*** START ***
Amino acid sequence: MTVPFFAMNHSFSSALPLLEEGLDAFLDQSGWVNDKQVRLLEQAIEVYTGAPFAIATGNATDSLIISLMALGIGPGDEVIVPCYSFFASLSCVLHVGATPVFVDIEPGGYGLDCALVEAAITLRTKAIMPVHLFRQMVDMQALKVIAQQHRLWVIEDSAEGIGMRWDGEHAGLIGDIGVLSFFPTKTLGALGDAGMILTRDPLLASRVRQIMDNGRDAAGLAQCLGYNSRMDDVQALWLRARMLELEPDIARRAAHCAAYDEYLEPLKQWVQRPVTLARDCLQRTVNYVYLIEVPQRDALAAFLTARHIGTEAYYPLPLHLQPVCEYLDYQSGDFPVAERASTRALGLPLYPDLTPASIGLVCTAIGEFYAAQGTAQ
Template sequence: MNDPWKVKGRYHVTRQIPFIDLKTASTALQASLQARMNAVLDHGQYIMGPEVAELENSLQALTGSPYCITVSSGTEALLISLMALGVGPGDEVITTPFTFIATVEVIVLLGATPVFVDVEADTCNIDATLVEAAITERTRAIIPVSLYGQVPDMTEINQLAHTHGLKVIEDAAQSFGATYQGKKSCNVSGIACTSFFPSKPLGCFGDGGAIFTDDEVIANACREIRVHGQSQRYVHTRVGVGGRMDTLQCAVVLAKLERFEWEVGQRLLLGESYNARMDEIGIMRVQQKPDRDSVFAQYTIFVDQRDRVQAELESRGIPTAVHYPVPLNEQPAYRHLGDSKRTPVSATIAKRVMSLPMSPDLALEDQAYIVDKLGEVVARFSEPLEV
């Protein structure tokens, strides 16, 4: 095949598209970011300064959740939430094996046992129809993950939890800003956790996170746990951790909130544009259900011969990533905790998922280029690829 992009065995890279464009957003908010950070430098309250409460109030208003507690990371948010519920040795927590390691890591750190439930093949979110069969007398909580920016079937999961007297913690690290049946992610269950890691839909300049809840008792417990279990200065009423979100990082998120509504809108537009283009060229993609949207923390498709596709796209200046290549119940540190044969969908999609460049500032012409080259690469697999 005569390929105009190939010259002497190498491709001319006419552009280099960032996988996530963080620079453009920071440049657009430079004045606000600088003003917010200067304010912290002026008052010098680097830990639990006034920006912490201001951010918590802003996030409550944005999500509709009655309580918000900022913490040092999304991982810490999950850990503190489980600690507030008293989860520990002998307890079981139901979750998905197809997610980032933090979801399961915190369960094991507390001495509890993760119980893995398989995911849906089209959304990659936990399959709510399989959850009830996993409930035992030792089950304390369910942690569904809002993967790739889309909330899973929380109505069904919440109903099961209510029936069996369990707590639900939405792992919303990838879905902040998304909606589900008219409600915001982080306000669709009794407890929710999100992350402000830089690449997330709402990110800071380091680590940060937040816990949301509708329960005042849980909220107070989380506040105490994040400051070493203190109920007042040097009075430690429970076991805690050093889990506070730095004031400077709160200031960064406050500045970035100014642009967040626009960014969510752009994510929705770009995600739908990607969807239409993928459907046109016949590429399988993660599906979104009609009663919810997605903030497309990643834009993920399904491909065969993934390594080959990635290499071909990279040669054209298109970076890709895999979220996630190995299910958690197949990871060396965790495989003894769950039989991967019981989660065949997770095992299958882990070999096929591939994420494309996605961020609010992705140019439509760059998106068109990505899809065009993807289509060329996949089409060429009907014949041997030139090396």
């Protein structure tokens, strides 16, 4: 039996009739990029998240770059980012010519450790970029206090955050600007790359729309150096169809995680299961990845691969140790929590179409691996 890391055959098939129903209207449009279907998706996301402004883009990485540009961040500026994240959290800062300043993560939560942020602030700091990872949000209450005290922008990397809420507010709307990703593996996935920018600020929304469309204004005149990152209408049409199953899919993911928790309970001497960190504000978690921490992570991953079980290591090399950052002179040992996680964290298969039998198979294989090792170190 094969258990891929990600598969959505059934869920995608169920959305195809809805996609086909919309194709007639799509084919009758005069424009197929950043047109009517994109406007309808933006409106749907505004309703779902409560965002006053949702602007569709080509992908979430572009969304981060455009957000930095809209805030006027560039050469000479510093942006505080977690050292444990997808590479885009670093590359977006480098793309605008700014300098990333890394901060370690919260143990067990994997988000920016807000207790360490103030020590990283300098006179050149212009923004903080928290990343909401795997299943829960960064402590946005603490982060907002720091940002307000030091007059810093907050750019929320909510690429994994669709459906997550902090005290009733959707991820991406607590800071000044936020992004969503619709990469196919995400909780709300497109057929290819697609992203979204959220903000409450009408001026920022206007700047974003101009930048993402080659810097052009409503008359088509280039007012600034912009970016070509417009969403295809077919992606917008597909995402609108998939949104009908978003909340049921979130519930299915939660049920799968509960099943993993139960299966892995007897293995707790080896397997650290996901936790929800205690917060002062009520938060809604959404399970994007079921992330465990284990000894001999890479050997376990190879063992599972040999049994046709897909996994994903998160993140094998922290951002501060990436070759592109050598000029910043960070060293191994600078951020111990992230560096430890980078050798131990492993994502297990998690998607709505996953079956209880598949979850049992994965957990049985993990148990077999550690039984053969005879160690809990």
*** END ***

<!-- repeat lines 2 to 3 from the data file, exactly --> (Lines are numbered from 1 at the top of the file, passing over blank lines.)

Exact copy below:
Template sequence: MNDPWKVKGRYHVTRQIPFIDLKTASTALQASLQARMNAVLDHGQYIMGPEVAELENSLQALTGSPYCITVSSGTEALLISLMALGVGPGDEVITTPFTFIATVEVIVLLGATPVFVDVEADTCNIDATLVEAAITERTRAIIPVSLYGQVPDMTEINQLAHTHGLKVIEDAAQSFGATYQGKKSCNVSGIACTSFFPSKPLGCFGDGGAIFTDDEVIANACREIRVHGQSQRYVHTRVGVGGRMDTLQCAVVLAKLERFEWEVGQRLLLGESYNARMDEIGIMRVQQKPDRDSVFAQYTIFVDQRDRVQAELESRGIPTAVHYPVPLNEQPAYRHLGDSKRTPVSATIAKRVMSLPMSPDLALEDQAYIVDKLGEVVARFSEPLEV
């Protein structure tokens, strides 16, 4: 095949598209970011300064959740939430094996046992129809993950939890800003956790996170746990951790909130544009259900011969990533905790998922280029690829 992009065995890279464009957003908010950070430098309250409460109030208003507690990371948010519920040795927590390691890591750190439930093949979110069969007398909580920016079937999961007297913690690290049946992610269950890691839909300049809840008792417990279990200065009423979100990082998120509504809108537009283009060229993609949207923390498709596709796209200046290549119940540190044969969908999609460049500032012409080259690469697999 005569390929105009190939010259002497190498491709001319006419552009280099960032996988996530963080620079453009920071440049657009430079004045606000600088003003917010200067304010912290002026008052010098680097830990639990006034920006912490201001951010918590802003996030409550944005999500509709009655309580918000900022913490040092999304991982810490999950850990503190489980600690507030008293989860520990002998307890079981139901979750998905197809997610980032933090979801399961915190369960094991507390001495509890993760119980893995398989995911849906089209959304990659936990399959709510399989959850009830996993409930035992030792089950304390369910942690569904809002993967790739889309909330899973929380109505069904919440109903099961209510029936069996369990707590639900939405792992919303990838879905902040998304909606589900008219409600915001982080306000669709009794407890929710999100992350402000830089690449997330709402990110800071380091680590940060937040816990949301509708329960005042849980909220107070989380506040105490994040400051070493203190109920007042040097009075430690429970076991805690050093889990506070730095004031400077709160200031960064406050500045970035100014642009967040626009960014969510752009994510929705770009995600739908990607969807239409993928459907046109016949590429399988993660599906979104009609009663919810997605903030497309990643834009993920399904491909065969993934390594080959990635290499071909990279040669054209298109970076890709895999979220996630190995299910958690197949990871060396965790495989003894769950039989991967019981989660065949997770095992299958882990070999096929591939994420494309996605961020609010992705140019439509760059998106068109990505899809065009993807289509060329996949089409060429009907014949041997030139090396």